How does the seed treatment effect the environment? 

Of course, as farmers, we're naturally concerned about the environment and the impact that any of our modern practices have on it. We've seen improvements here too! Seed treatments are actually a better way for farmers to get the type of protections needed for their crops when compared to other methods. Consider this:
Modern seed treatments coat the outside of the seed providing very targeted protection. The amount of active ingredient introduced to the environment with seed treatments is only 10% of that contributed by in-furrow treatments; and it’s only 1% of foliar sprays. This technology also facilitates a no-till, precision agricultural operation that protects fragile soils; reducing erosion, compaction and loss of nutrients, and helping to ensure that every seed planted can grow.

Why the color? 

The seed in the photo above is blue-green, but seed treatments can come in an array of colors - blue, green, pink, or purple. Frank, a farmer from northeast Iowa, explained that although the treatment is put on to protect the seed, the colors act like a type of code that clues the farmer into what type of seed is being used. For example, seeds that have the Round-Up Ready genetic traits may be dyed green. Seeds that use the Liberty Link genetic traits may be colored purple.

This way, even if the seeds are no longer in the packaging, a farmer can quickly and easily identify the type of seed being used.

Additional Sources

If you would like to learn more about seed treatments, the best people to talk to are those actively engaged in farming. I asked a number of farmers and seed dealers to contribute to this article and they were more than happy to answer any questions! It should go without saying that an anti-agriculture campaign or other fear-mongers are not very reliable sources.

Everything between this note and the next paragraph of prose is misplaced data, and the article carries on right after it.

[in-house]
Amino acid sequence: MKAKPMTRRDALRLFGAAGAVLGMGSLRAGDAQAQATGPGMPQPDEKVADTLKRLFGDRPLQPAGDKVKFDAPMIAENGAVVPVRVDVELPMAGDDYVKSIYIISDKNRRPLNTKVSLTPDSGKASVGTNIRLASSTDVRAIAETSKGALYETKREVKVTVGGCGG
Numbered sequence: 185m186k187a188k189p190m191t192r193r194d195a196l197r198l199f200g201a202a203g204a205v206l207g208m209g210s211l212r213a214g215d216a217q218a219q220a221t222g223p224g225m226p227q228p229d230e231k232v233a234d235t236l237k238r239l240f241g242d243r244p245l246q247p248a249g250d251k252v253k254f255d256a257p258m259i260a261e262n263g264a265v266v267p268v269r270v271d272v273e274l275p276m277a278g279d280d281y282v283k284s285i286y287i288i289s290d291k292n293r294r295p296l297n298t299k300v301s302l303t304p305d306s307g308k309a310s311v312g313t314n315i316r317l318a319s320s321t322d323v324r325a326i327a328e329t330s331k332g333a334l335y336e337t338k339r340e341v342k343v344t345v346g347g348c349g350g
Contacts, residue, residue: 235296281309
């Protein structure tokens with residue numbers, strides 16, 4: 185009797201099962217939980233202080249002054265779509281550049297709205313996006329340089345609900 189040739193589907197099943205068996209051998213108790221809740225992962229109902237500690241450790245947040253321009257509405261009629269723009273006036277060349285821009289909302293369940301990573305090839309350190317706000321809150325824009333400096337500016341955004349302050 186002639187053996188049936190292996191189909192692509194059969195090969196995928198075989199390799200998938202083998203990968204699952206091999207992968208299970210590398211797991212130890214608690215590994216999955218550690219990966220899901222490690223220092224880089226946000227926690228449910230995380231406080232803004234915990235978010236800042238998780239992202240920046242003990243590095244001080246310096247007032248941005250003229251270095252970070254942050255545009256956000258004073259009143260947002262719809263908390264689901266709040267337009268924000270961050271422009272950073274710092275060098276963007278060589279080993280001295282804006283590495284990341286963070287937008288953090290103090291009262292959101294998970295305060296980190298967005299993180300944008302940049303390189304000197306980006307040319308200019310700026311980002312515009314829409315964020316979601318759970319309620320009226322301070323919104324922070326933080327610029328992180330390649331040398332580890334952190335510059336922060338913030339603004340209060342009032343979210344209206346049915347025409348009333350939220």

If you're more comfortable reading on your own, I suggest this article posted on Ask the Farmers. Otherwise, for more information on seed treatment, check out the following link for the American Seed Trade Association:

Friday, October 24, 2014

Have You Seen This? Food Babe Messes Up Seed Treatment

Food Babe and some of her GMO-labeling friends have been spreading this meme around. The GMO-labeling campaigns are also using this idea to scare voters in Colorado and Oregon. 

Too bad they didn't think to ask a farmer why the seeds were blue (hint: it isn't because they're GMO seeds).

(A full article on this will follow on Monday!)

Farming Fridays!

Harvest Update

Harvest is in full swing over here -- and so is fall! As if we needed a reminder of the colder weather coming, most mornings we've been greeted by frost. Thankfully, it is late enough in the season that this won't affect any of our crops or yields. Of course, earlier frosts can definitely hurt our crops, including soybeans. 

But you definitely can't beat the view from the combine!!

We have been switching between picking corn and picking soybeans. It really depends on which fields are ready and which crops needed to be dried in the grain bins. Dad has been getting up and leaving the house by 6:30am -- even before the lawyer! -- and hauling to the granary. 

The view from the combine
In the field, we've been dumping the full combine into the grain cart (pictured above is one of our smaller trucks, not the grain cart). Then the grain cart unloads into the semi-trailer. The semi either gets dumped in the grain bins for drying or it makes the trip down to the granary. 

According to the Harvest map, the average yield for soybeans is 52 bushels per acre. For corn, it is around 155 bushels per acre. We'll just say that not all of ours has been that good... the weather really didn't cooperate this August. We needed more rain and a bit more heat.

So far we've harvested about 250 acres, with about  left to go 600.